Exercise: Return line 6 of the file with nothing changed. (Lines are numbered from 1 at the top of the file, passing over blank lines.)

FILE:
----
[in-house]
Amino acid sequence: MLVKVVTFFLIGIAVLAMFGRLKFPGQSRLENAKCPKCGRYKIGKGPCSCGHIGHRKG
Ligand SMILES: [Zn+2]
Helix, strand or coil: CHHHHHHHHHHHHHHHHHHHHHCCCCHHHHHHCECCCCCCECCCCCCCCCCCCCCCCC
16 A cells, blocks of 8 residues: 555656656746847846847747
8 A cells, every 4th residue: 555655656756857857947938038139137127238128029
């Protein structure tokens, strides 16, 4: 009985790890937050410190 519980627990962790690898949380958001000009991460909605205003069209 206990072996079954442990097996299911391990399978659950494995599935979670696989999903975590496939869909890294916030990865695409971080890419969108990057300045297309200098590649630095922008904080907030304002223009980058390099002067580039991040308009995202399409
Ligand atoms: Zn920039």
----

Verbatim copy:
8 A cells, every 4th residue: 555655656756857857947938038139137127238128029